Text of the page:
The McDonald's Game
The McDonald's videogame, is perhaps the most famous (or infamous) pseudo-game (or anti advergame) created by designer Paolo Pedercini. This piece, heavily critical of every element of the fastfood industry (not just McDonalds, it was just chosen because of the highly recognizable golden arches), put the player in charge of McDonalds as its CEO and lets them make all the business choices. The player can alternate between viewing and making choices for how four different areas: the farmland, the slaughterhouse, the restaurant, and the corporate HQ. The player's money drains rapidly in this game, meaning that if you keep purely to ethical business practices, you soon go out of business. Only by resorting to underhanded dealings (feeding your cows genetically modified grain, bribing public officials so they don't crack down on your questionable actions), can you hope to keep from getting a fairly quick game over.
While slightly exaggerated for dramatic effect, this game does do an exquisite job of highlighting the basic premise that fast food restaurants DO engage in shady behavior in order to keep themselves in business. The fact that the real Mc'Donalds felt that they had to issue a statement (provided below) disavowing any affiliation with or support for this game, would seem to indicate that this light-hearted (the graphics are quite cartoon-like) parody strikes a disharmonious chord. However, while its message is clearly heard, there is no sign of the problem it presents being acted upon. This is a seemingly common problem with the Games for Change genre. Satirizing something does an excellent job drawing attention to a subject, presenting the problem, but much less often does it provide a solution to the problem. The people who see this game fall into three (generally) categories: The Unaware, those who have no idea how to deal with this problem, The Unable, who have an idea for how to solve the problem, but lack the means to do so (money, political/economic power), and the Uncaring, those who benefit from the problem and thus see no need to change what they are doing. Currently the way our society functions, those in the first two categories are unable to oppose decisions made by the third..
"...has no association with McDonald's, and is therefore a complete misrepresentation of our people and our values." (statement issued by McDonalds, no exact online source, but mentioned here: http://purposefulgames.info/post/18006014158/mc-donalds-video-game
Clearly, McDonalds objects to being specifically called out in this parody game. They are concerned that people will play this game and start getting "ideas" about their business practices. They may even lose customers because people who play this game may start to wonder what exactly happened for the food they are about to consume to be produced.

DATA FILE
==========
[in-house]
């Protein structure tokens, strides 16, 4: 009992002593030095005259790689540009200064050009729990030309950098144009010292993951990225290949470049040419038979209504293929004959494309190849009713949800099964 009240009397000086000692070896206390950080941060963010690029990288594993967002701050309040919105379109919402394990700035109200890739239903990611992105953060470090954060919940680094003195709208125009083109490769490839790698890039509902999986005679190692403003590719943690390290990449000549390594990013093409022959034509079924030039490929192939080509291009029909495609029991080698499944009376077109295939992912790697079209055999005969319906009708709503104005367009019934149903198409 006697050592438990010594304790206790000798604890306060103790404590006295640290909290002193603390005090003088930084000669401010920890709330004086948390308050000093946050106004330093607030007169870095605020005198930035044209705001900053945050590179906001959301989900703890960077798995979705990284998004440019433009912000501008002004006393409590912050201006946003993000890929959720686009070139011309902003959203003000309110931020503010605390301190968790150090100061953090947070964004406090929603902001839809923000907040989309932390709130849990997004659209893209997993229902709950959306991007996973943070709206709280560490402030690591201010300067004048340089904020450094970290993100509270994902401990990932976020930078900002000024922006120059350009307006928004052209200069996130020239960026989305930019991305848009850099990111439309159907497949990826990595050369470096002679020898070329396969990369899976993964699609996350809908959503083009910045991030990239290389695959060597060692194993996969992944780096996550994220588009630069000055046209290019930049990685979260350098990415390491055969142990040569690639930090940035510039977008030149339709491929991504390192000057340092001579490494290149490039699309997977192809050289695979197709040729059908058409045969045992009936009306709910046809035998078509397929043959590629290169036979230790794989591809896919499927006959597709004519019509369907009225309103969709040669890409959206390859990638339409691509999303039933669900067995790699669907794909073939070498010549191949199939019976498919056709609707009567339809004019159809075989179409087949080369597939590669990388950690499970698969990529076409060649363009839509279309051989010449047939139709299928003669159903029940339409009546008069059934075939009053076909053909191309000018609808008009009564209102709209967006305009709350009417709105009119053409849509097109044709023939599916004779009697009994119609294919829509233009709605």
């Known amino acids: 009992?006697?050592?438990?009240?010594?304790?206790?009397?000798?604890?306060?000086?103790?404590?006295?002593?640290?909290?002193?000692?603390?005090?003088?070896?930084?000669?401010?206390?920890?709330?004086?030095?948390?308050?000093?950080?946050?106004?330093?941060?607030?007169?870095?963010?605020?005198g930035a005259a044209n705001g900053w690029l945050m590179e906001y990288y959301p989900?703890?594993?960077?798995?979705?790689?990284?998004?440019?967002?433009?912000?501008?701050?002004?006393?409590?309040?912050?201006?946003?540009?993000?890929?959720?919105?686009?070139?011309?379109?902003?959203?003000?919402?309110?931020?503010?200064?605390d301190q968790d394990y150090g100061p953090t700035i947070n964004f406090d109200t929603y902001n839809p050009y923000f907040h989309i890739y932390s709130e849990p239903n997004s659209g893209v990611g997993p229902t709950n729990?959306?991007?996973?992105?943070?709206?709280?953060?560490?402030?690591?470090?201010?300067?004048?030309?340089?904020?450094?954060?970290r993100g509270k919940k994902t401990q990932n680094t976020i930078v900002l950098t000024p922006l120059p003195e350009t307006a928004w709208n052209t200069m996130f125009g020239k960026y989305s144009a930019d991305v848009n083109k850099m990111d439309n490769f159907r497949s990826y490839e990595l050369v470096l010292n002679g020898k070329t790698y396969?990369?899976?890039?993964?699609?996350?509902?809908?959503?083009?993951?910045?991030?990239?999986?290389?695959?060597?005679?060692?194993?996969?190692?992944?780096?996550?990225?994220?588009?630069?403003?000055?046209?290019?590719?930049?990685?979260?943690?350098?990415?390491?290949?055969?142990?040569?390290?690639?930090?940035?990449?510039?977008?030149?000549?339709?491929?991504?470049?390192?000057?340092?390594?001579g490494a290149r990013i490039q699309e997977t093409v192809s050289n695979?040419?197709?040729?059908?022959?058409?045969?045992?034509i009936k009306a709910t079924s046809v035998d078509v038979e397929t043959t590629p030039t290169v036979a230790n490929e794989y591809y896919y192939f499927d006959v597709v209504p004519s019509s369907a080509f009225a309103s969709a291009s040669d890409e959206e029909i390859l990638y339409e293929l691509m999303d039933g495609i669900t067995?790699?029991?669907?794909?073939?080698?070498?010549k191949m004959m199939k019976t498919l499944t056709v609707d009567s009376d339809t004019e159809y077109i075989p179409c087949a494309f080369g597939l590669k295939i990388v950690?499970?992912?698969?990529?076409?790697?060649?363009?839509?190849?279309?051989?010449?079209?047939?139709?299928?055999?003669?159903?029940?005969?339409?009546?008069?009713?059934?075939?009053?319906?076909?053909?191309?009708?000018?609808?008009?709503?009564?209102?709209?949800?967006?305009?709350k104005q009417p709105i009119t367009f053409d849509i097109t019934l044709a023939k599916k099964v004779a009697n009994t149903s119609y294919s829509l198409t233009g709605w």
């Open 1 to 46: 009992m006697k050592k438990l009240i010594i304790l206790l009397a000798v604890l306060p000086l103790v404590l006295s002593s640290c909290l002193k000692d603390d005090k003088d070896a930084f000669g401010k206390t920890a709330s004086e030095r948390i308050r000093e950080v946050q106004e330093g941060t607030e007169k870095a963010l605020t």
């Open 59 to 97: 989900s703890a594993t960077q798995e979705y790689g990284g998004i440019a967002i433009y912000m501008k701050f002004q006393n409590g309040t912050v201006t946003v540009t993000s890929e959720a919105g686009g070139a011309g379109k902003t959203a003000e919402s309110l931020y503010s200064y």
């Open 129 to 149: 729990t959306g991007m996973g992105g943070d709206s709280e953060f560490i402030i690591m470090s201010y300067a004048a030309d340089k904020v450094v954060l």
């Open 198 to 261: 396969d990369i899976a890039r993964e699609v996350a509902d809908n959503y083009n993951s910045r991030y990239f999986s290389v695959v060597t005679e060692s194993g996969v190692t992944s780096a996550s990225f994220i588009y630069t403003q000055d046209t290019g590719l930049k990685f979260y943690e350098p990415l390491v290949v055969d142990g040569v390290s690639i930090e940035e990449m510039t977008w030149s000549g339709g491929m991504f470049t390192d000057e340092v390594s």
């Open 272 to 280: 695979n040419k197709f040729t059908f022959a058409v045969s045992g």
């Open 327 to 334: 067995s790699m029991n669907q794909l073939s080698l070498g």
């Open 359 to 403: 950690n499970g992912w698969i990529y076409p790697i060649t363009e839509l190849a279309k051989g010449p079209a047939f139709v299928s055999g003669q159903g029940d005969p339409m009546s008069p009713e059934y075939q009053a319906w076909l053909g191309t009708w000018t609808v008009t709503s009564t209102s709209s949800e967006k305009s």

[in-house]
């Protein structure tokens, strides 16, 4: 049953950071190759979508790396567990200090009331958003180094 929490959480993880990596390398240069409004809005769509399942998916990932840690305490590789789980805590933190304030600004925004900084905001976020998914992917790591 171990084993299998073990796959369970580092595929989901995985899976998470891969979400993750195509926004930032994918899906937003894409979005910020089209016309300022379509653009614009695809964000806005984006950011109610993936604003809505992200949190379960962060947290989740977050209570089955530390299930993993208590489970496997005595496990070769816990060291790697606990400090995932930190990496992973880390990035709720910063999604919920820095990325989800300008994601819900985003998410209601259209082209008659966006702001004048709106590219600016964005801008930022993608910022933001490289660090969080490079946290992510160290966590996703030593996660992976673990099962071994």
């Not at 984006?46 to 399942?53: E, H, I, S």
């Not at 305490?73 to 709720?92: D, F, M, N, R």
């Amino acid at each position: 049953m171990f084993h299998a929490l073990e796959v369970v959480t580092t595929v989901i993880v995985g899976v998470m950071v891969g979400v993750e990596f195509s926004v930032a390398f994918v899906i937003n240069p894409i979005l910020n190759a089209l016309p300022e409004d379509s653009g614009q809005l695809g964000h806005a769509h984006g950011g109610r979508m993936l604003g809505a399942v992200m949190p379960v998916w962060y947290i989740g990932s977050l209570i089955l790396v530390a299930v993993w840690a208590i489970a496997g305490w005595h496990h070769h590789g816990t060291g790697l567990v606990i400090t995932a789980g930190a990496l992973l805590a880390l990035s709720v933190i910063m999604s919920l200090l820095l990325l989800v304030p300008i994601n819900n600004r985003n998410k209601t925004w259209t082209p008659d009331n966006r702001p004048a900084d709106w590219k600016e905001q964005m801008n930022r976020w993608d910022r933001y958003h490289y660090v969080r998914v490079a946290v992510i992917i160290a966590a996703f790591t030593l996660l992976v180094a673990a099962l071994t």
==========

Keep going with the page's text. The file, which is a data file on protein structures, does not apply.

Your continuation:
Most likely, they really have nothing to worry about though. Despite this game being out for quite some time, McDonalds business has only continued to grow and expand further. If this game has convinced anyone to stop supporting fast food restaurants, it's a very small minority. People are clearly hearing the message, there is no shortage of online discussion about this game, but that seems to be the extent of the reaction. The problem with why this hasn't had a bigger effect is simple: fast food is just too convenient. In our society where life is constantly on the move, and every moment is important, the ability to quickly acquire and consume sustenance and then quickly return to the daily grind is a crucial aspect of our modern society. McDonalds is too entrenched in how our society functions for anything short of a mass boycott to have any sort of effect on their business practices.
TradeMarkVille(2014) is another piece by Mollendustria (the group Paolo is part of). In this magical world, every word ever uttered is instantly trademarked by "wizard-lawyers" and banished from language, preventing its future use. This game allows players to submit new ways of "saying" a word for evaluation (via a Facebook or Twitter) log in. Like the McDonalds game is critical of the fast food industry, this game is poking light hearted fun at the copyright industry. Unlike the McDonalds game, this game comes with a highscore table so players can compete to see how many amusing new ways to describe words they can find. This actively encourages the user to come up with a solution (even if it is not one that would continue to work in the longer term) to the issue of everything being copyrighted. Again, this game presents a light-hearted way of addressing a very real issue.
Disaffected(2008) is an anti-advergame by Ian Bogost and Persuasive Games. It is a satirical experience that puts the player in the role of an apathetic employee of Kinko's as they are forced to deal with customers and the issues that arise (finding customer’s orders, having to deal with employees who refuse to work, etc). Similar to Mollendustria's work, this game presents a serious issue in a light hearted manner. Also similarly though, this game does not seem to have had any effect on how Kinko's operates. Its message is clearly heard, but not acted upon. This is a seemingly common problem with the Games for Change genre.
Interview with Paolo about the McDonald's Game: http://www.gamasutra.com/view/feature/130980/hot_off_the_grill_la_.php